The Bible

Think that’s crap, try the Koran. I have a copy which was given to me by some gook standing on town hall square, trying to sell the virtues of just how piece loving being a Mooslim is. It’s long tedious, baffling and every other verse, is about killing the kaffers. It apparently is the ordained requirement of Mooslims to eradicate the kaffer from the face of the earth. Also when the holy one was born, a bright shinning light shone out of his mother’s birth canal. For a complete guide to the Bible and the Koran, one could do no better than subscribe to the following web-site. www.jeasusandmo.net
 
I have never celebrated mass and never will...do you honestly believe that there will be consequences? There is not a jot of tangible evidence to support heaven, hell, resurrections, demons, gods, miracles, goblins etc... There is none. All religious rituals are primitive and a complete waste of time. You can take any story from the bible and define your own meaning because it's man made babble. Better stories and works of philosophy can be found in other books. There is absolutely no necessity for myths of any kind, no more than there is a necessity for Noddy and Big Ears. Nothing to do with the survival of civilisation at all, a ridicules notion.
That's all your opinion, though. None of what you said there is fact, and I doubt you've concluded there is no evidence after evaluating the totality of human knowledge. That the Universe exists itself implies the existence of a creator, and the best minds in history have been trying to divine the nature of that creator through reason. Certainly, if you're looking for proof for what Christianity asserts, there is none, but that said, very few inferences scientists make about the natural world are ever proven either, which is why disproving hypotheses instead of trying to prove them is a much more reliable method of gaining knowledge.

As for the existence and resurrection of Jesus, I'm more inclined to believe the words of the first Christians, who wouldn't recant their faith under the threat of torture and extreme suffering, rather than those of some New Atheist who's ignorant of what they believed.
And why not? The New Testament speaks of specific places, events, people, traditions, and the Gospels are known to have actually been authored, or dictated, by people who actually lived around Jerusalem in the first century. There must have been a compelling reason why they managed to start a mass movement within two decades of the Resurrection.
 
That's all your opinion, though. None of what you said there is fact, and I doubt you've concluded there is no evidence after evaluating the totality of human knowledge. That the Universe exists itself implies the existence of a creator, and the best minds in history have been trying to divine the nature of that creator through reason. Certainly, if you're looking for proof for what Christianity asserts, there is none, but that said, very few inferences scientists make about the natural world are ever proven either, which is why disproving hypotheses instead of trying to prove them is a much more reliable method of gaining knowledge.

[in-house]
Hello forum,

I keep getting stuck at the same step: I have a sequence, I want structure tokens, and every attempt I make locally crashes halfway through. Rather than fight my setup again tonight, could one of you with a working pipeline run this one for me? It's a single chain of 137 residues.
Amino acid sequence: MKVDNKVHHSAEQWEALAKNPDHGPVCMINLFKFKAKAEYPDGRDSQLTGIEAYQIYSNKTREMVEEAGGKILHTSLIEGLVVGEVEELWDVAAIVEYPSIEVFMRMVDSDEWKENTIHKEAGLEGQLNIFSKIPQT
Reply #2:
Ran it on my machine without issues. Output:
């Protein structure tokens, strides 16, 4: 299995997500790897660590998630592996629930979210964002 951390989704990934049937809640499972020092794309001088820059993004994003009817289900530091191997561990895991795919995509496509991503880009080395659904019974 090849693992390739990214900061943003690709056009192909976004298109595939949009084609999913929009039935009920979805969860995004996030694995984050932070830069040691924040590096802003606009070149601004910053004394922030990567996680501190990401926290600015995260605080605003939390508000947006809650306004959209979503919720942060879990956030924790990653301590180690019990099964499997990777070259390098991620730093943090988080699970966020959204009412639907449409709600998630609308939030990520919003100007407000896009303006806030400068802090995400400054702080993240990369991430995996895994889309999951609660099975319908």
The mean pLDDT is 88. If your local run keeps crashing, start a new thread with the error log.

As for the existence and resurrection of Jesus, I'm more inclined to believe the words of the first Christians, who wouldn't recant their faith under the threat of torture and extreme suffering, rather than those of some New Atheist who's ignorant of what they believed.
And why not? The New Testament speaks of specific places, events, people, traditions, and the Gospels are known to have actually been authored, or dictated, by people who actually lived around Jerusalem in the first century. There must have been a compelling reason why they managed to start a mass movement within two decades of the Resurrection.
I'm sorry but you have just identified yourself as a brainwashed cult member and beyond rescue. The same intangible thinking without any factual basis. A hopeless case. Take care.
 
I'm sorry but you have just identified yourself as a brainwashed cult member and beyond rescue. The same intangible thinking without any factual basis. A hopeless case. Take care.
Really? Is that seriously all you have? Aren't you interested enough in the big questions about mankind's existence and our place in the Universe to crack open a book? Fcuk it, just the odd YouTube vid on philosophy might do.

Why do you have a priest as your profile pic and 'Higgs_bosun' as a user name? And why the anger towards Christianity? I'm genuinely curious.
 
Really? Is that seriously all you have? Aren't you interested enough in the big questions about mankind's existence and our place in the Universe to crack open a book? Fcuk it, just the odd YouTube vid on philosophy might do.

Why do you have a priest as your profile pic and 'Higgs_bosun' as a user name? And why the anger towards Christianity? I'm genuinely curious.
I have cracked open enough books to understand that your mentality has been damaged by brainwashing. Just like an Islamic fundamentalist, blind to reason, irrational and potentially dangerous. That is why I hate religion. The answer to our existence does not come from a primitive holy book. Sadly this topic has been thrashed to death. I can't re-educate you via arrse...